Safety notice – Use of barrier glands in potentially explosive atmospheres to meet IEC 60079-14:2013 (edition 5)


There is currently a key difference between the current IEC 60079-14: 2013 Standard and previous versions of BS EN 60079 -14:2008 IEC 60079- 14: 2007 for use of electrical equipment in potentially explosive atmospheres in that the IEC Standard currently allows the Duty Holder to use a ‘standard’ Ex certified flameproof gland as opposed to a Ex certified ‘barrier gland’ without the requirement to apply the previous flowchart used in the British Standard which identified glanding requirements based on gas group / zone / enclosure size. There is evidence that this approach creates a fire and explosion risk and this Notice provides Duty Holders with information on what action to take.


The current International Standard, IEC 60079-14: 2013 Standard allows Duty Holders to use a ‘standard’ Ex certified flameproof gland as opposed to a Ex certified ‘barrier gland’ without the requirement to apply the previous flowchart used in the British Standard which identified the glanding requirements based on gas group / zone / enclosure size, provided that the Duty Holder uses:

IEC 60079-14: 2013, Clause 10.6.2

b) Cables and glands meeting all of the following:

  • Cable glands complying with IEC 60079-1
  • Cables used to comply with (Clause) 9.3.2 (a)
  • The connected cable is at least 3m in length.

There is credible independent evidence that this approach poses a risk of fire propagation through the cable sheath (after multiple ignitions) and therefore such a scenario may pose an ignition risk if the new IEC Standard is applied by Duty Holders, i.e. no barrier gland is used.

The 2014 version of BS EN 60079-14 does mirror the IEC Standard in respect of the above clause and requirements in the ‘Normative’ body of the Standard, however this version also contains a National Annex (NA) (see p138 onwards) that acknowledges the British Standards Institution’s (BSI) concerns over the application of the IEC Standard to the use of barrier glands (see below). Reference to this National Annex is also clearly stated in the ‘National foreword’ of the British Standard:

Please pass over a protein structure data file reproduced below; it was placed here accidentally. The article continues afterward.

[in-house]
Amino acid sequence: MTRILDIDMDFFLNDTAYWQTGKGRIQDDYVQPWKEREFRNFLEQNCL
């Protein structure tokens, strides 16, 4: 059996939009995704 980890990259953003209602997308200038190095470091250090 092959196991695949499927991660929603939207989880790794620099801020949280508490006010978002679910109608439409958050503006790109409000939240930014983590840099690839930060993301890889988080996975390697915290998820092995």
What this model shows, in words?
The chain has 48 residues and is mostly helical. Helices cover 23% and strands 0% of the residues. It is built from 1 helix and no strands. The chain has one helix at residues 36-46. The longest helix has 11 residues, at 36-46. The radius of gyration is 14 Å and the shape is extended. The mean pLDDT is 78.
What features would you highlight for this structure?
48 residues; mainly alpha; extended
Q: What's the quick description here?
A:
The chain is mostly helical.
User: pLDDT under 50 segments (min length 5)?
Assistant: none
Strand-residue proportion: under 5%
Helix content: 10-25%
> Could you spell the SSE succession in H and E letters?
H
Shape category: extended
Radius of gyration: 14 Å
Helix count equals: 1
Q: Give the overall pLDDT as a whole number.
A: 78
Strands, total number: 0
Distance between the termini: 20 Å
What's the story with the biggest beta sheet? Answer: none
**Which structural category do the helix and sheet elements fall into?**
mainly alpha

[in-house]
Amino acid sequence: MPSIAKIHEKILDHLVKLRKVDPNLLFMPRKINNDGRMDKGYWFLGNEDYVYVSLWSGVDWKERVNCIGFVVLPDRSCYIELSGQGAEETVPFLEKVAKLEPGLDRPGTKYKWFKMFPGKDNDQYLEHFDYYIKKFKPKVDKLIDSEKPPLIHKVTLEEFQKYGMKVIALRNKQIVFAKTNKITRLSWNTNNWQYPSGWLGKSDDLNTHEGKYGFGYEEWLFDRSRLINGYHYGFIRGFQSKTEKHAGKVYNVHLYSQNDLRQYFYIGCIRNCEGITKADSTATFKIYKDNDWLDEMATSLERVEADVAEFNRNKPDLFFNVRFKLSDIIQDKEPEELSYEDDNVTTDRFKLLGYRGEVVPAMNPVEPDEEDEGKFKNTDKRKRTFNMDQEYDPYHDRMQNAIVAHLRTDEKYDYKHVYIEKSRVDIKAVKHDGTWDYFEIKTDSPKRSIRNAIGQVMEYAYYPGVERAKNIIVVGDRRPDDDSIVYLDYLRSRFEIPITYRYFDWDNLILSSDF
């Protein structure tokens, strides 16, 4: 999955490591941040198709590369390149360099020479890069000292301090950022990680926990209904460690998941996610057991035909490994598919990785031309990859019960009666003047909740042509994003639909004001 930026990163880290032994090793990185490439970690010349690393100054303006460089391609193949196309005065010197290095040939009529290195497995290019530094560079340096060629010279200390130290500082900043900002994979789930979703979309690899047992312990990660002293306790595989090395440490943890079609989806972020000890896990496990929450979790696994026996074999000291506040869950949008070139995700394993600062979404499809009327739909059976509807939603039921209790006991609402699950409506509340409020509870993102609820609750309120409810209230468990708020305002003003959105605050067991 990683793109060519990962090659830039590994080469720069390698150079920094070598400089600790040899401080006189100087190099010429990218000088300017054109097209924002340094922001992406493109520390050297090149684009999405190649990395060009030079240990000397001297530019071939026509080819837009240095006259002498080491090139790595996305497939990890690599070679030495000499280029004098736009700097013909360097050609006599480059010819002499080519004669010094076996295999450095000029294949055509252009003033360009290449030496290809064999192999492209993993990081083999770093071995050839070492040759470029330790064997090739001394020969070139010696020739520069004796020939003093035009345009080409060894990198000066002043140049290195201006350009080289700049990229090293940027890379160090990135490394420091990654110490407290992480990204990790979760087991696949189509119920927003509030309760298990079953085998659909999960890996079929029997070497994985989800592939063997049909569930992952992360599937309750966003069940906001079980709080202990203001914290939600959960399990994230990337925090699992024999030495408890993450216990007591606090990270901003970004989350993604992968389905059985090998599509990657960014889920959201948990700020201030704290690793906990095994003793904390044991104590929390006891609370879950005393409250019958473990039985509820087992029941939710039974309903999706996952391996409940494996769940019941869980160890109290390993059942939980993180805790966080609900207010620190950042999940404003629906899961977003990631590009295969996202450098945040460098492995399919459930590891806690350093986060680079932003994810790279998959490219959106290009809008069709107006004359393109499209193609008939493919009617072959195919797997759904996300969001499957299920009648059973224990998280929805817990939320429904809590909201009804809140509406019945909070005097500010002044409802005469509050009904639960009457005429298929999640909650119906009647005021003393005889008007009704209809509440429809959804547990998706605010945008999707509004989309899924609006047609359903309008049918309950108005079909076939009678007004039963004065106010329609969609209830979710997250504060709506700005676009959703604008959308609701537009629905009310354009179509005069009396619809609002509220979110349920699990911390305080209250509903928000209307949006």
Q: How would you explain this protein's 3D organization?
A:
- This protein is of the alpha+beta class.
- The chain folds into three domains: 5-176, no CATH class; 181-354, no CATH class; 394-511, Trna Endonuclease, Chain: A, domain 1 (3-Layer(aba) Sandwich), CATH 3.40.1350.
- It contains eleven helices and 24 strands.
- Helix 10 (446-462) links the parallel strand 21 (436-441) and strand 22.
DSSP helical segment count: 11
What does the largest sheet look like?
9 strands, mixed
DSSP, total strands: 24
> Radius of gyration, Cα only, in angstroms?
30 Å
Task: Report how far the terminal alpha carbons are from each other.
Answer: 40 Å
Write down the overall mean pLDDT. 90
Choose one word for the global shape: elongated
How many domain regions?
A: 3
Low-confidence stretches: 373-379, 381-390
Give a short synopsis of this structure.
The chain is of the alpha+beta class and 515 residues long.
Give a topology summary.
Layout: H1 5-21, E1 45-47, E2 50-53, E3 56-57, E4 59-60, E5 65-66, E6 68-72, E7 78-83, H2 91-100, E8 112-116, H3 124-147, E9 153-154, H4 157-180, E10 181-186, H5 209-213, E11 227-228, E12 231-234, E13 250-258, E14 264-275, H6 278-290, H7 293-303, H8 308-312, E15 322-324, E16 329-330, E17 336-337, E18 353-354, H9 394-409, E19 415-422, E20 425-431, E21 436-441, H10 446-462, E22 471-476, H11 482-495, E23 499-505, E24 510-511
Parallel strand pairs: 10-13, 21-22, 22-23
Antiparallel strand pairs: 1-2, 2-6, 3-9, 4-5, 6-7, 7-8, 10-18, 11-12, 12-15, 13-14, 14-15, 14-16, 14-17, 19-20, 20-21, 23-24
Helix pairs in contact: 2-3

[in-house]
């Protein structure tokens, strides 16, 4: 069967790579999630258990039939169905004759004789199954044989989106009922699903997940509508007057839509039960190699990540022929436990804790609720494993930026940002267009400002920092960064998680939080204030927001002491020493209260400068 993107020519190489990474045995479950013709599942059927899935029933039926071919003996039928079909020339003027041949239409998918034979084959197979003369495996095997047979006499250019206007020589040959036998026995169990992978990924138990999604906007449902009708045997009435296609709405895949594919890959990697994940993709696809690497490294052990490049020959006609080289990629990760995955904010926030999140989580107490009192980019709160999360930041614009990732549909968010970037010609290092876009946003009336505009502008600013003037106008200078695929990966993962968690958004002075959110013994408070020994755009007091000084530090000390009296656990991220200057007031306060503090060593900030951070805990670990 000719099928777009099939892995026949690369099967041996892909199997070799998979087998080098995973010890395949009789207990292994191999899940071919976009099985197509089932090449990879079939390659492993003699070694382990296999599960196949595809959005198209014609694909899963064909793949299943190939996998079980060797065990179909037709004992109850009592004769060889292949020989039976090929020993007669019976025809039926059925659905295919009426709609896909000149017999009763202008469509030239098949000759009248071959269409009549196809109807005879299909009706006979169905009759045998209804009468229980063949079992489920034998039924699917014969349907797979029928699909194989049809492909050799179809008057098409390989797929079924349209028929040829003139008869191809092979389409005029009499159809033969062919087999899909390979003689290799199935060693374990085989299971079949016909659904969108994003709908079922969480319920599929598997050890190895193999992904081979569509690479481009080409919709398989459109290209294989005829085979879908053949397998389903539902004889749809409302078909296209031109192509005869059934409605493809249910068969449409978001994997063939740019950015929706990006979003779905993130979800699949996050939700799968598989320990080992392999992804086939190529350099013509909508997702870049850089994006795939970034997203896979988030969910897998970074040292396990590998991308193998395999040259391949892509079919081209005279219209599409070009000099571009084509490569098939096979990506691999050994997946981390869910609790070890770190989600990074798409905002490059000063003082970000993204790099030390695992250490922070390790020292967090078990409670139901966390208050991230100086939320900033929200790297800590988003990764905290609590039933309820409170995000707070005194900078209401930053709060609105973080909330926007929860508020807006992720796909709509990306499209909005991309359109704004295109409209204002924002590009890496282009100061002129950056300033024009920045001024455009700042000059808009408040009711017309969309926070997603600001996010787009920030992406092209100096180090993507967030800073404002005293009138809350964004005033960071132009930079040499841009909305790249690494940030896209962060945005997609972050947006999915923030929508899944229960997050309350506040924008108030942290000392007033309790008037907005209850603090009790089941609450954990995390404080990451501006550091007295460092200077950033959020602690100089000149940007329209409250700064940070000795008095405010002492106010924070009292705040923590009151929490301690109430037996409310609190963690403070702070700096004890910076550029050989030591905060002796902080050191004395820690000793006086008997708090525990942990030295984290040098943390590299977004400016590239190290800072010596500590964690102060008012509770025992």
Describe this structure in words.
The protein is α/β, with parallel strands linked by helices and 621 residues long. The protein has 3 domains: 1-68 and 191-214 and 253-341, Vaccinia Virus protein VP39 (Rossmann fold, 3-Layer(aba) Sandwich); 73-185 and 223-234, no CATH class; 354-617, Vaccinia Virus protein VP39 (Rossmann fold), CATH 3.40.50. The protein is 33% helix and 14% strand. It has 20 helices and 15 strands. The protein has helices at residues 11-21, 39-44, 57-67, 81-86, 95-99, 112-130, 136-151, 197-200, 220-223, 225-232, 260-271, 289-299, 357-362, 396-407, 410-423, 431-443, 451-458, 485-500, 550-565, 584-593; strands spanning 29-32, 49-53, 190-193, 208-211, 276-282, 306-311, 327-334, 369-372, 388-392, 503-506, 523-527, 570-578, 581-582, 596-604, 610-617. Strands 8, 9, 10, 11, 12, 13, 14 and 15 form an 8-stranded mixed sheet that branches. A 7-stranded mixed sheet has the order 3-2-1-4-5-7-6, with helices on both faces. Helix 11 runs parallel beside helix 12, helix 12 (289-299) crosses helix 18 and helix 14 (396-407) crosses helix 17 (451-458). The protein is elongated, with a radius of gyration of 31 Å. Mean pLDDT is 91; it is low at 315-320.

NA.4 UK committee concerns

  1. The UK Committee is not aware of any issues (either unsafe or over-engineered situations) relating to the use of the selection chart since its adoption in the UK in 1989 and subsequent international adoption in 1996.
  2. The UK Committee have not seen documented evidence of any tests carried out to justify either the removal of the selection chart or its replacement by the new selection procedure.
  3. Verbal descriptions of recent tests seem to suggest that tests only relate to ignitions through the cable. The original ERA research project highlighted that severe thermal damage can be inflicted on the core insulation and bedding by the heat generated by multiple explosions within the enclosure. This could result in subsequent catastrophic failure of the cable leading to ignition of the surrounding atmosphere.